The idea behind Netwalk is similar to Minesweeper in that the player should use deductive reasoning to work their way through the puzzle. This implies heavy usage of the locking function (which is activated by pressing spacebar or the middle-mouse button).
What is meant by deductive reasoning in this context? It means identifying scenarios in which a tile can only have a single correct orientation. Some examples are shown further down the page.
Before continuing, the player should know two important rules about the puzzle. The first rule is that the correct solution will have just enough connections for every tile to be lit with no extra edges left over. This leads to the second rule which is that a correct solution will have no closed loops. To verify that this is true, feel free to generate some puzzles and have a look at the solutions. For those wondering why, it is because the solution to the puzzle is a spanning tree.
As an example, we will be using a section taken out of a random game. The tiles have been numbered in the first image for future reference.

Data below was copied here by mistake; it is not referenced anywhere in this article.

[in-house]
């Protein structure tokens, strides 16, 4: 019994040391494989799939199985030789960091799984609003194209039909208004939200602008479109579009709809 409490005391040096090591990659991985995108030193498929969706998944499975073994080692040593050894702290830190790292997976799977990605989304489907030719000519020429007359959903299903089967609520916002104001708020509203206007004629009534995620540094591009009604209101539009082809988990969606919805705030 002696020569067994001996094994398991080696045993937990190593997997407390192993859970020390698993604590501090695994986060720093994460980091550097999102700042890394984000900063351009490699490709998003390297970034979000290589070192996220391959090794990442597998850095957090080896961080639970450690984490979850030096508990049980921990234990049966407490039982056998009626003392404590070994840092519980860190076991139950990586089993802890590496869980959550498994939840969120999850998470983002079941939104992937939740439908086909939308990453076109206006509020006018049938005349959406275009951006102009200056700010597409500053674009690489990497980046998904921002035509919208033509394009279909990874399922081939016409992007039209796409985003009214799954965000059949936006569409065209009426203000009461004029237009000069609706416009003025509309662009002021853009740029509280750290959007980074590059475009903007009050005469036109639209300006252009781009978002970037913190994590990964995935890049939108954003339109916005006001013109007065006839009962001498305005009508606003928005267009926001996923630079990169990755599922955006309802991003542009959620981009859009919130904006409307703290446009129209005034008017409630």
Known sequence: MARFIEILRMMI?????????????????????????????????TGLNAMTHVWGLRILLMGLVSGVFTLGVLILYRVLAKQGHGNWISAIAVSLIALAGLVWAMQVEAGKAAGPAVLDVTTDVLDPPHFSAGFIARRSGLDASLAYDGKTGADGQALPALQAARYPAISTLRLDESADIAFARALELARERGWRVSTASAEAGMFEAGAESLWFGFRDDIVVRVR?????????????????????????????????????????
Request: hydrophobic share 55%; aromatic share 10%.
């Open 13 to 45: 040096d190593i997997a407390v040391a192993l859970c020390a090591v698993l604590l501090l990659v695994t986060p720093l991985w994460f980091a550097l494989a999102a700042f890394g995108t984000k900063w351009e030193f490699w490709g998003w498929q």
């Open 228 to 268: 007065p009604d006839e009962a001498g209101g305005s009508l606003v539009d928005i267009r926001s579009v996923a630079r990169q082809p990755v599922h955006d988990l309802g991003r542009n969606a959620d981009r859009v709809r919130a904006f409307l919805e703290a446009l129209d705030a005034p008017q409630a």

The image above shows a situation in which a straight connection (tile 4) sits in between two head connections (tiles 5 and 6). Since a puzzle cannot be complete unless every tile has a connection to the power source, the straight connection has only one possible correct orientation. As a result, the tile can be locked in the vertical position as seen below:
This new piece of information allows for another deduction to be made. It now becomes apparent that the unlocked straight connection (tile 8) below the locked one must also be in the same orientation otherwise we violate the first rule i.e. The correct solution should have no extra edges left over. By the same logic, tile 2 must also be connected to tile 5 as well.
Using rule 1 again allows for tile 7 to be locked in the vertical position. It follows that tile 4 can also be locked after connecting to tile 7.
The same idea also applies to tile 3 and tile 6.
Now there are no more deductions able to be made without seeing the rest of the puzzle.
The examples shown above only represent a small subset of the many possible situations that can be encountered in Netwalk. As such, the purpose of this is to serve as a starting point so that the player may begin to identify and solve these patterns for themselves and eventually culminating into a complete solution. Hopefully this page has been helpful :)